This is the year that all tickets and parking passes to UT games at Neyland Stadium are digital. I successfully flashed my parking pass from my Apple Wallet at the 11th Street lot and walked past the Hill and toward the stadium. Under the Pedestrian Walkway bridge by the Student Union, several scalpers plied their trade—“Anyone have extra tickets?”—switching e-tickets from one phone to another with no problem. UT scalpers always find a way.
At Humanities Plaza, a carnival atmosphere prevailed at Toyota Volunteer Village. The band Kelsey’s Woods played a lively Rocky Top, which was punctuated by a tepid “Woo” from the bystanders. “Y’all are getting there,” encouraged lead singer Dave Kennedy, behind his brown Gibson J-45 acoustic. “It’s a first game and it’s a Thursday. It’s kinda funny playing next to the Humanities Building. Twenty years ago there were lots of classes I didn’t go to in there.” Kennedy, an English major, graduated in 2005. “Shoulda been ’04,” he said, laughing. Next on the play list was Tom Petty’s Free Fallin’ (“She’s a good girl, loves her mamma . . .”) followed by Living on Tulsa Time.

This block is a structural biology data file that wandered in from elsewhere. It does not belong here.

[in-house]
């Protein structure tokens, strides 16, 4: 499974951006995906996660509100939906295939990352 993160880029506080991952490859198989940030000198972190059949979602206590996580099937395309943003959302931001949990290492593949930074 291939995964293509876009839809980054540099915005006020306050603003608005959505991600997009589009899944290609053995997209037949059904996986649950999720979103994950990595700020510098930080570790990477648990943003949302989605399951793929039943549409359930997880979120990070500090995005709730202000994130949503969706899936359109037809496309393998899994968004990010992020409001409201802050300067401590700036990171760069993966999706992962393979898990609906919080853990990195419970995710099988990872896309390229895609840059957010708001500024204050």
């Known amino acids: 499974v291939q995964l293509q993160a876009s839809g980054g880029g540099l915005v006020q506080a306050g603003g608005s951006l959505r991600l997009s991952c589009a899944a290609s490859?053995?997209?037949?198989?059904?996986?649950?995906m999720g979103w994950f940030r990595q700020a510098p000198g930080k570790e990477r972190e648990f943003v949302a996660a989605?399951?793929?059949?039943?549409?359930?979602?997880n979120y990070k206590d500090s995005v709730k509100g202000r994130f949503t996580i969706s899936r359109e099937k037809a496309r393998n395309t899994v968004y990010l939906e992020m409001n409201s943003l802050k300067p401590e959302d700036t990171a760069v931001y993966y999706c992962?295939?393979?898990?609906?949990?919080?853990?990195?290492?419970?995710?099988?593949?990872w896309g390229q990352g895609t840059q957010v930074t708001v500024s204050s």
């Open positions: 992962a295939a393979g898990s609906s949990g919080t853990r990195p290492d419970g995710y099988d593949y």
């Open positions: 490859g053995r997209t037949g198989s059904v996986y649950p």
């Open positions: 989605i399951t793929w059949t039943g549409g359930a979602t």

Parked alongside the HSS (Humanities and Social Sciences) Building, the United Way of Greater Knoxville “Unite for Change” Airstream RV was open for business. “We call it the Changemobile,” said Sarah Shires, director of major gifts, who handed out clear bags that meet the strict stadium rules on what fans can bring in. Danielle Velez, program manager for the Dolly Parton Imagination Library of Knox County, handed out sign-up information.
Among the tents—D1 Training, facepainting, Fan Information—WLVT meteorologist Paige Noel handed out “I’m All Vol” buttons. Nearer Volunteer Boulevard, longtime WVLT anchor Alan Williams did interviews as fans got photos with a Josh Heupel cutout. Among countless parents beginning the indoctrination of infants and toddlers to Volunteer rituals were Emily and Will Coley, smiling proudly with 10-month-old Blair in his front pack and Reece, 3, holding Emily’s hand. Will played linebacker at West High School and the Air Force Academy and is now an assistant professor of aerospace studies and No. 2 man in UT’s Air Force ROTC.
At 4:35, a segment of the Pride of the Southland Band played Rocky Top as it marched down Peyton Manning Pass (a lusty woo from the crowd this time) with Davy Crockett waving the T flag behind them. At 4:45 came the majestic Vol Walk, led by Heupel and his family, past the Torchbearer. Toward the end of the procession, a younger player—it might have been receiver Squirrel White—saw a 4-year-old standing with his grandparents. The player walked over, bent down, and offered a fist bump. Overcome with shyness, the tiny tot hid behind his grandma’s leg and shied away. “He was so embarrassed, he didn’t know what to do,” explained Grandma. Where is Norman Rockwell when you need him?
A Dominating Victory and Gametime for Many